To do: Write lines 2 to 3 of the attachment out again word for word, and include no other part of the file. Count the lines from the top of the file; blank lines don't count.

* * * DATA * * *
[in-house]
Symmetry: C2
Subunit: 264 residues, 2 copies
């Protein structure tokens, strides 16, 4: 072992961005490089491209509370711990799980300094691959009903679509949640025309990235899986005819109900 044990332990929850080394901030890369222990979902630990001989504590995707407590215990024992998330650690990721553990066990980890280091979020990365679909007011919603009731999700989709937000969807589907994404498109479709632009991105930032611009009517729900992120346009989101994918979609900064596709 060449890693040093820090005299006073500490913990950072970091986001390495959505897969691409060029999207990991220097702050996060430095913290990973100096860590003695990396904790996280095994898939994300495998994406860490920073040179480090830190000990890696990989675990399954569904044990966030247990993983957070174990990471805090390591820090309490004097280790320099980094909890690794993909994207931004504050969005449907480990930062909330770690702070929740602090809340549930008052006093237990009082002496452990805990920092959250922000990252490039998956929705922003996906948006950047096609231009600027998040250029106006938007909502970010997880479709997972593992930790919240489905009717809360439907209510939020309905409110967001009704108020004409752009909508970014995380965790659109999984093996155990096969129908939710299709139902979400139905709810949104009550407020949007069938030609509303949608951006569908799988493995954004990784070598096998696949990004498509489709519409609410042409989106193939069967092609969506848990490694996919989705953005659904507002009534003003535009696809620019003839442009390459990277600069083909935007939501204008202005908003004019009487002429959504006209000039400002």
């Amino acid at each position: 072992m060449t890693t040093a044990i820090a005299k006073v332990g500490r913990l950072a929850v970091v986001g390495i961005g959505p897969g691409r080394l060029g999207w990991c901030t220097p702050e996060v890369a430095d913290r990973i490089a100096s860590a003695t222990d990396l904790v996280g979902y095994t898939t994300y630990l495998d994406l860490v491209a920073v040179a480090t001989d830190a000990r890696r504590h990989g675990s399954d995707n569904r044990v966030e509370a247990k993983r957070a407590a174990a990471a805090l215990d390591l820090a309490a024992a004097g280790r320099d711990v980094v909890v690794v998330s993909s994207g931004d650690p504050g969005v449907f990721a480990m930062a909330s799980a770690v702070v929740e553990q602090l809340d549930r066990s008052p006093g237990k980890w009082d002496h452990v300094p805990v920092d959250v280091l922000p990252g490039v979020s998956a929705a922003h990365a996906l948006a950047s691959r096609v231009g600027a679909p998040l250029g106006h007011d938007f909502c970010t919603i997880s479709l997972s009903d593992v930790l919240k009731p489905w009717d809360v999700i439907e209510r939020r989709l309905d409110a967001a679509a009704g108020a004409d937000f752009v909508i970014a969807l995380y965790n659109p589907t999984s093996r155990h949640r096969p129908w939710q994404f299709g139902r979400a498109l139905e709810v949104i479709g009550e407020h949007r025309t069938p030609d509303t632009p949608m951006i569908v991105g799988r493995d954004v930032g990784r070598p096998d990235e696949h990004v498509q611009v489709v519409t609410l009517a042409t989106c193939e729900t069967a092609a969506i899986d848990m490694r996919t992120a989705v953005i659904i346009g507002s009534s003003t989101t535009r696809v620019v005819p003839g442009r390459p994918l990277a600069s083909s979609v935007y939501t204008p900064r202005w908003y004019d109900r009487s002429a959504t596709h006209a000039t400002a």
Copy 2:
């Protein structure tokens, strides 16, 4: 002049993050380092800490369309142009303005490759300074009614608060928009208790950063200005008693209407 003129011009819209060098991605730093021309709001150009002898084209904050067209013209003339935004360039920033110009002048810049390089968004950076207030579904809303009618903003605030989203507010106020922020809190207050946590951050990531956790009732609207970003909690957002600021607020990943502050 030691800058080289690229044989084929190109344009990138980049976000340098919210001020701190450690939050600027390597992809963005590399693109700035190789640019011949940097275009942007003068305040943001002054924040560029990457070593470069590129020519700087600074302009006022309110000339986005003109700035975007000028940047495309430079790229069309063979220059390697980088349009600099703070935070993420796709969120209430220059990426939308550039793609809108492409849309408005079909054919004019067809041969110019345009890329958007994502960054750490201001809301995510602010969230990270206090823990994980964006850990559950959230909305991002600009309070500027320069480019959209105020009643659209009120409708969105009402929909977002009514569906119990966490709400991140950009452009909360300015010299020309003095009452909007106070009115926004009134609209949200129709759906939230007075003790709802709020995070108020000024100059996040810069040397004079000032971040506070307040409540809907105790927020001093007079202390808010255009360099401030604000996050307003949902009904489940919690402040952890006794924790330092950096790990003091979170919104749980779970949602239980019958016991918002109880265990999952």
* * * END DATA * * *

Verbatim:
Symmetry: C2
Subunit: 264 residues, 2 copies